The problem is, the people have not spoken. Not enough of them, anyway!
Both the electoral commission and the president have declared last week’s local government elections as free and fair, but it’s Cyril Ramaphosa’s later comments that piqued my interest.
As some councillors celebrate victories and others lick their wounds, there is an even more pressing issue – the matter of representivity, or the lack thereof.
It was only the sixth time we as citizens got to vote for improved municipal services from democratic councils.
And if the numbers are to be believed, we have pretty much lost all hope of it ever happening.
The fact that we now have 66 hung councils after the lowest voter turn-out since 1994 is a huge problem for our democracy in general, and representivity in particular.
There are more than 60 million South Africans, 26 million are registered voters, but only eight million went to the polls last week.
If you drill down even further to see how those votes were split between the different parties, then you’ll understand how many of us are now politically voiceless by not being represented in our local councils.
Without exceptions, our councils are literally minority governments in every sense of the word – not a state I thought we would ever find ourselves in again, after Apartheid.
There is a quote attributed to Nelson Mandela, which goes: “If the ANC does to you what the apartheid government did to you, then you must do to the ANC what you did to the apartheid government.”
And that means kick them out of power.
I dare say that what we saw at the polls last week, was the red flag that successive presidents have been ignoring for years.
Many of us have been warning that we are teetering on the brink of mass social unrest, even revolution, unless the government stops paying lip service and starts tackling the demoralising corruption, traumatising crime levels and dehumanising poverty and unemployment.
Last week’s massive voter no-show may have been a gentle final warning.
Those parties who have been celebrating wins with self-righteous “I-told-you-so’s” must understand that their win-margin is inflated because of the low voter turn-out.
Had the bigger parties inspired more confidence in the electorate and had more voters actually turned out to support them, then the percentages for the smaller parties would have shrunk by comparison.
Besides, people didn’t vote for them because they bought into their politics or believed their campaign promises.
People voted for them as a rebound, middle-finger gesture to the bigger parties.
It’s like vrying with someone in the club, just to spite your ex, who is eyeing you from the bar.
But a win is still a win, and now the hard work begins.
Those new parties have five years to prove themselves to us, gain our trust and admiration and maybe even secure our deliberate votes next time.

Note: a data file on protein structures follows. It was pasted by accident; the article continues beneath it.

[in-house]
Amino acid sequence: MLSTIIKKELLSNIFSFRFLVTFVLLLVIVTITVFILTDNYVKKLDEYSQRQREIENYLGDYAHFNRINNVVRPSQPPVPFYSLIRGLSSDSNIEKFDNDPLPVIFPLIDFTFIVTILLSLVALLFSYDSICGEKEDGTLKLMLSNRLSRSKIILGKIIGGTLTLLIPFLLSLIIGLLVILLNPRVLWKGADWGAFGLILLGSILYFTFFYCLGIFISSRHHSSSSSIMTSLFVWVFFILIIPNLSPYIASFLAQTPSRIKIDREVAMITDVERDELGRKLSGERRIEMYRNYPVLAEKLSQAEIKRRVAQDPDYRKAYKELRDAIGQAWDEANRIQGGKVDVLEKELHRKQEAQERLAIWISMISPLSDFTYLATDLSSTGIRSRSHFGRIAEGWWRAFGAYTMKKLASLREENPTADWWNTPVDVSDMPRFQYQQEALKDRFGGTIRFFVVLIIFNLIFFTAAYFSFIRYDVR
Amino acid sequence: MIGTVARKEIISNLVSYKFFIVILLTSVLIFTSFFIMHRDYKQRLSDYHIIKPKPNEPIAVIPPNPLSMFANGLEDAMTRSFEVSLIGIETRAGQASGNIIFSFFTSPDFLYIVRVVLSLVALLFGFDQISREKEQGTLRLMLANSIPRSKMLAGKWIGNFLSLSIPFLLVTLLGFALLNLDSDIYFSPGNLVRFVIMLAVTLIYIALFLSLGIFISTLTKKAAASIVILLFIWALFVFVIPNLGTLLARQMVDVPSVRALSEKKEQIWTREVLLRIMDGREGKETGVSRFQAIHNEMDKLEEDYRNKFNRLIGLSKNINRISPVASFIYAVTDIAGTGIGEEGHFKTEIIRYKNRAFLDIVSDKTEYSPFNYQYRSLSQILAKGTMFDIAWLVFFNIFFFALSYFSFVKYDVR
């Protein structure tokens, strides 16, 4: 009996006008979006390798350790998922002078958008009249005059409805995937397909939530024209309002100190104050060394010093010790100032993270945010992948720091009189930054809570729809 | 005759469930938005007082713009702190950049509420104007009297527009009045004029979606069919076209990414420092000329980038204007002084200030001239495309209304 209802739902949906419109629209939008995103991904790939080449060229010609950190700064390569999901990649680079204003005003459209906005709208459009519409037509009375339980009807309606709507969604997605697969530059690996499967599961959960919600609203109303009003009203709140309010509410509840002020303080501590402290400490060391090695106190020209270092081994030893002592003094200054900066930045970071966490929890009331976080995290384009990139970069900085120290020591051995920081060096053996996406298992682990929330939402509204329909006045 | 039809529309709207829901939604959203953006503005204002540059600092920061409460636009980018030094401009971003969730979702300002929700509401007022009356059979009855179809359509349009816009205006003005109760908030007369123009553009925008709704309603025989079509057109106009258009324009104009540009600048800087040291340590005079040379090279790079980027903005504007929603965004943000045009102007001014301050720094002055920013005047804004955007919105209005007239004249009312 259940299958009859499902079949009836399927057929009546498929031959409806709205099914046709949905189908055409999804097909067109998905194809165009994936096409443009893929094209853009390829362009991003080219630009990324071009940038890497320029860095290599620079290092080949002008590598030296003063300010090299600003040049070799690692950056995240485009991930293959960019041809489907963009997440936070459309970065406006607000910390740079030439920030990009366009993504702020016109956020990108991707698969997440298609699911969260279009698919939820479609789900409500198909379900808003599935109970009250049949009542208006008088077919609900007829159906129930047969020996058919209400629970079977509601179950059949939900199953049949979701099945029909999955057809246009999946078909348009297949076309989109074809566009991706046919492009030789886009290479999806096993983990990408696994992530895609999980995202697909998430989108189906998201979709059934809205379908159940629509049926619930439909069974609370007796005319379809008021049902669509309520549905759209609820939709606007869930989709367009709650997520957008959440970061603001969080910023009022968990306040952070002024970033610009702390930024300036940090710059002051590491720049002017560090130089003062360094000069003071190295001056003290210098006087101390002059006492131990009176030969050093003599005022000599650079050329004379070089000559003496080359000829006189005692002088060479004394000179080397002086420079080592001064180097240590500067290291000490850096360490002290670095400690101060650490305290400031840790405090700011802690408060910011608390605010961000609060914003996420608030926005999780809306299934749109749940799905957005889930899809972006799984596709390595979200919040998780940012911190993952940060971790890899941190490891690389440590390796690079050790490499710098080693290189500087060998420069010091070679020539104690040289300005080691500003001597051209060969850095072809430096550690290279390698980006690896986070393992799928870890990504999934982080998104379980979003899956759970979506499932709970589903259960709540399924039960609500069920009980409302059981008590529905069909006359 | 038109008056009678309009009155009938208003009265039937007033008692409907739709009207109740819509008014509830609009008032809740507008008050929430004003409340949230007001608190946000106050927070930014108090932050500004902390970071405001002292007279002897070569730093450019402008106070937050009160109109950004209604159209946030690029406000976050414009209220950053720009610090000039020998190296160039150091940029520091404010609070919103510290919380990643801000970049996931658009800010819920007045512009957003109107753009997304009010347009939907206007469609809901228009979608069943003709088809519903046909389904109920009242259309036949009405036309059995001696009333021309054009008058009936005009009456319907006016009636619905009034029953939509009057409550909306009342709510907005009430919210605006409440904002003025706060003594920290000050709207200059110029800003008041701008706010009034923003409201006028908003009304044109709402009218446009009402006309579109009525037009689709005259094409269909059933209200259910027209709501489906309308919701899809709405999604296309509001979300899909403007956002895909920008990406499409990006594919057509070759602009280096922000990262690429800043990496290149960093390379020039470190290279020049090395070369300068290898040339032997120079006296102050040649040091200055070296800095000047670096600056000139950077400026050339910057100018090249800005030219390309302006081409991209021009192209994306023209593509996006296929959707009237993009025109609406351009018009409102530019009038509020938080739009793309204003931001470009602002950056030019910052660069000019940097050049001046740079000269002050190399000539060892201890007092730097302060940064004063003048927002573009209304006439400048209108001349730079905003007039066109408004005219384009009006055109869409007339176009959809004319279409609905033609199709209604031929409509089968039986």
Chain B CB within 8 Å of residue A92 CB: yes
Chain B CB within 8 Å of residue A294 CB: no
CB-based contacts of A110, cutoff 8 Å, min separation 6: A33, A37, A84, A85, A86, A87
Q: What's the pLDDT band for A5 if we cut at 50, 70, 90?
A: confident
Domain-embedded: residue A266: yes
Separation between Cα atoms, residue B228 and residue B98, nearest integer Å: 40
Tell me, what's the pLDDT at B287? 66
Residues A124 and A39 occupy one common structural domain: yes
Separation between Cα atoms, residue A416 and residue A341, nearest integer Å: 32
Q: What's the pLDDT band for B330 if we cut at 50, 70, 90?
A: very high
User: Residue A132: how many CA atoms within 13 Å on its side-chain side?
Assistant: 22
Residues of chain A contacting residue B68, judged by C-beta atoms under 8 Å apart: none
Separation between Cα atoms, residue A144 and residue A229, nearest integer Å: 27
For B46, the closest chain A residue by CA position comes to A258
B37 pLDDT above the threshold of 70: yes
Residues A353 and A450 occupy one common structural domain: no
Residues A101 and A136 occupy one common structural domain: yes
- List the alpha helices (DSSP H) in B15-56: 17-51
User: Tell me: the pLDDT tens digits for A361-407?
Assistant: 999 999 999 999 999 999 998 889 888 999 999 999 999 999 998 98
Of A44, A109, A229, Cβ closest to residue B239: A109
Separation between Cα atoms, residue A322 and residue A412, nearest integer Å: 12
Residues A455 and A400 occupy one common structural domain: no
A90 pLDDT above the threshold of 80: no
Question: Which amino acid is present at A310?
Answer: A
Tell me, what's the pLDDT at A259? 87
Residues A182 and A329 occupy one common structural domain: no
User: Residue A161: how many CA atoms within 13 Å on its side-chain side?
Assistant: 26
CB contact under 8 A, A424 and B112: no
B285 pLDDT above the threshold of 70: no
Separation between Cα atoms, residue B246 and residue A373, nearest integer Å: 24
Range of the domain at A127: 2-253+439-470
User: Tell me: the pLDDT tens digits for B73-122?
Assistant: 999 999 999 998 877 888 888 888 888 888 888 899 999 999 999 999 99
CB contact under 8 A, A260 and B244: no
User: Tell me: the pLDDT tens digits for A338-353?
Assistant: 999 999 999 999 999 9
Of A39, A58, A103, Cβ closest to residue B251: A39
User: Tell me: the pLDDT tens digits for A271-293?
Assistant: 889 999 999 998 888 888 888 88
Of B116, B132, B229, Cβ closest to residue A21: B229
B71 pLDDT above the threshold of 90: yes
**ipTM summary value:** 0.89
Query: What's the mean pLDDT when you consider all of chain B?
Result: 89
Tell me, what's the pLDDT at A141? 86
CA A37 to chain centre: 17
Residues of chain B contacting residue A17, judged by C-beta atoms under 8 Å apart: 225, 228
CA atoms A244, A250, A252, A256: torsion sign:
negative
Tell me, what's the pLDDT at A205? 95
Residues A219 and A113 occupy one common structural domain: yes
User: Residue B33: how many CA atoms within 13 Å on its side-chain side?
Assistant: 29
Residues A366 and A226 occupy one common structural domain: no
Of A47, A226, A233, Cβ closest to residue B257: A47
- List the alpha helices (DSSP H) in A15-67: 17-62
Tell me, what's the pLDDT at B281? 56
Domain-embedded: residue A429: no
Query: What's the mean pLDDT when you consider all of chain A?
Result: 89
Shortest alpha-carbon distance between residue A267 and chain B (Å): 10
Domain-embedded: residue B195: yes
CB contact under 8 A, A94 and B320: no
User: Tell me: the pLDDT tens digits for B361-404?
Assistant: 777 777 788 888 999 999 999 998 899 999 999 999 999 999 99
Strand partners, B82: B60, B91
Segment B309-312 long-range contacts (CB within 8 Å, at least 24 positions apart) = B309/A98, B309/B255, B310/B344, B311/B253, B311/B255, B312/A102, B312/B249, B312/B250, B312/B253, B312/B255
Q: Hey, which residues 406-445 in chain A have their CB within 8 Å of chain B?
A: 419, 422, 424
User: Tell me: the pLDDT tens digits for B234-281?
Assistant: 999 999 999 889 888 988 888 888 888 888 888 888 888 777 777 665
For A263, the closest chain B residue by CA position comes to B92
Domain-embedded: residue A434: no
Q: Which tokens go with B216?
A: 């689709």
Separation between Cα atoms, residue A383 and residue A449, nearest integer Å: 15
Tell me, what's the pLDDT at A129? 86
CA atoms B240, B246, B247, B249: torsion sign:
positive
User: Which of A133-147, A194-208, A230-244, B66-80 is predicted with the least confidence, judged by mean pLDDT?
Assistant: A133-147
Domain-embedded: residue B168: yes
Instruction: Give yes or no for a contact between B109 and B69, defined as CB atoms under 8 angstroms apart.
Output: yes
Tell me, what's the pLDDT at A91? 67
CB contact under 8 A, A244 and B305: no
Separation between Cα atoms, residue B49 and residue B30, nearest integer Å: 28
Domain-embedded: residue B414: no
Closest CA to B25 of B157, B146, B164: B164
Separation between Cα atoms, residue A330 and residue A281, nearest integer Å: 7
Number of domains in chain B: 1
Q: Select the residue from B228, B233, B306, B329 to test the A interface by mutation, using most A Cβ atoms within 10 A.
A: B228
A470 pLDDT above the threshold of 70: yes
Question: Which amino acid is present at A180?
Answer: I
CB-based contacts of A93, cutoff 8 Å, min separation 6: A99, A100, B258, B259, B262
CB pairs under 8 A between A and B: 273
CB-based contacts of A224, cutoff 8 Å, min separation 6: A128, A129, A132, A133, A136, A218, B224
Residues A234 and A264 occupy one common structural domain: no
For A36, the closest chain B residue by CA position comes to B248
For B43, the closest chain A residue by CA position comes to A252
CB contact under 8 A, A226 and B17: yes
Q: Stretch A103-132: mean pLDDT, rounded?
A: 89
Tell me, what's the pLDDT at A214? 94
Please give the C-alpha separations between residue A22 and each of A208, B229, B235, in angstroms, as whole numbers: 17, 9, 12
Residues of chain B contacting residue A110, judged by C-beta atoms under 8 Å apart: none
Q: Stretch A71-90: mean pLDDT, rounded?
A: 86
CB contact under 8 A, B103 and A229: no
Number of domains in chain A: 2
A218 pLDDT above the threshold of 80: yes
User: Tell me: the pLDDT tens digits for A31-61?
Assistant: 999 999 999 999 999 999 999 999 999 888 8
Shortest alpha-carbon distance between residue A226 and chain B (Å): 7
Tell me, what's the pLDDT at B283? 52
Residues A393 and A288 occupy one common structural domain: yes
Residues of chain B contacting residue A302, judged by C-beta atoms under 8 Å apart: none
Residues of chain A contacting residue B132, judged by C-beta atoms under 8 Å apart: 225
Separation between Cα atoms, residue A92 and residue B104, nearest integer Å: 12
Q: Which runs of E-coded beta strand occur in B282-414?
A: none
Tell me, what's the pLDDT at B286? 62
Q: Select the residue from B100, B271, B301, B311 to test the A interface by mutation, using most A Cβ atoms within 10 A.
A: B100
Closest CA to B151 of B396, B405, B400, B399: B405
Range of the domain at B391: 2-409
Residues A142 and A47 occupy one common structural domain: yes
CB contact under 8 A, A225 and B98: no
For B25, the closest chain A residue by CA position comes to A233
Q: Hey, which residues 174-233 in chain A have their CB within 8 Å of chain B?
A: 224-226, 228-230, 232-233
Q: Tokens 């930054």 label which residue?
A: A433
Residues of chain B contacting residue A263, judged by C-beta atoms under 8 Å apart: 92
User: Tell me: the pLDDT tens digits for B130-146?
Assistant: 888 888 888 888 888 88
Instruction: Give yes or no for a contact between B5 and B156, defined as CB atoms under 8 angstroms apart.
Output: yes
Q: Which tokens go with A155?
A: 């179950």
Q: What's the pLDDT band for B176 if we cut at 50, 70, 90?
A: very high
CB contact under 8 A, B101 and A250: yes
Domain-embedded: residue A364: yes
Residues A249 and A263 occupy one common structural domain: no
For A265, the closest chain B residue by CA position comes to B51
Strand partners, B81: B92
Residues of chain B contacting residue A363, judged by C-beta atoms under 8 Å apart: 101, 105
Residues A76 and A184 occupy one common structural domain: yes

Just like when you end up married to the person you were revenge vrying.
It seems there may well be a win in it for the citizens, as these “kingmakers” are now in positions to negotiate strong deals with parties who want to govern the hung councils.
And they will want to use that position to gloat, by insisting on conditions that will guarantee them votes in the next elections.
For example, the EFF says it will demand things like a state pharmaceuticals company, free water and electricity for the poor, cancellation of student debt and the nationalisation of the reserve bank.
If they manage that, their target voters will benefit.
But whichever bigger party makes those concessions (let’s face it, it will have to be the ANC), they will shoot themselves in the foot long term, for the short-term gain of governance.
In the meantime, opposition parties, as well as the new kids on the block are all spinning the numbers to make it appear as if their increases and wins were an overwhelming display of the will of the people.
But they know the truth is far less definitive than that.
They know that while they may have won a few wards here and there and may govern with the help of coalitions, the truth is there was no outright winner.
Hung councils by definition means the residents were desperately unhappy and unconvinced.
The fact that small parties can now negotiate T&Cs to resolve the impasse, doesn’t mean voters trusted them more.
It simply means voters wanted to send a clear message to existing councillors.
So in reality what happened, was an overwhelming majority vote of no- confidence.
It was a culmination of almost 30 years of frustration, disillusionment, victimisation, trauma, anger and disappointment bursting out in the best way it could.
So Mr President, the people have indeed spoken and in the deafening silence, I hope you could hear the volume of their despair.